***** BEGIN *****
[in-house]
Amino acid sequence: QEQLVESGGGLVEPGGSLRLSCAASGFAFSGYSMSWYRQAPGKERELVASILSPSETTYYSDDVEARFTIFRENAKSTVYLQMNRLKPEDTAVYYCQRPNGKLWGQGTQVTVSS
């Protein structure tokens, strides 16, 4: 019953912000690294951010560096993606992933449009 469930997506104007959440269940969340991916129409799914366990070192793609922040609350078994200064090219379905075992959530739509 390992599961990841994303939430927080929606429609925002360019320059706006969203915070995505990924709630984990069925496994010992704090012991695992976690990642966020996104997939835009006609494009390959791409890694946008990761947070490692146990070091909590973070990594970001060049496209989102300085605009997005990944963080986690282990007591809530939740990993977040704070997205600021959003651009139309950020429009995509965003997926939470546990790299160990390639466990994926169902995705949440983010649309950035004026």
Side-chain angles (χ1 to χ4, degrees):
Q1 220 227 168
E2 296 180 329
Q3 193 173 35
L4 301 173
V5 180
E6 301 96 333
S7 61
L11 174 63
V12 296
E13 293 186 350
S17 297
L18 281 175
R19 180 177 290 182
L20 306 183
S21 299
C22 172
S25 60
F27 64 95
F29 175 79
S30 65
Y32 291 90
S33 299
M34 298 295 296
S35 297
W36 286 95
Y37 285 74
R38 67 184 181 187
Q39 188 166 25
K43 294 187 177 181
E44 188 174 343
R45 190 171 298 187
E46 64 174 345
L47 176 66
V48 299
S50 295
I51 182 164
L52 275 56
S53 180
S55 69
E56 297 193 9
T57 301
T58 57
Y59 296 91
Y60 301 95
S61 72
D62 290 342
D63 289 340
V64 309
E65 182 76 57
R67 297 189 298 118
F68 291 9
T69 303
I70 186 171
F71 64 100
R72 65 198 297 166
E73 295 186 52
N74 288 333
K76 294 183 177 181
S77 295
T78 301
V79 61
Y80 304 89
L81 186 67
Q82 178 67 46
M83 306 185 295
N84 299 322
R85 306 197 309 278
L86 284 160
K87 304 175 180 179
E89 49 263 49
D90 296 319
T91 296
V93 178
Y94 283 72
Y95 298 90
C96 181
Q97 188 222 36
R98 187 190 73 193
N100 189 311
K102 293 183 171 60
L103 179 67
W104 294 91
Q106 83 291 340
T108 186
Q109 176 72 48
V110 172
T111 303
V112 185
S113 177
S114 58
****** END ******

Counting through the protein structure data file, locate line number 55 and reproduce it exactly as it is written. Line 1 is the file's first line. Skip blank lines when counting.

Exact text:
F68 291 9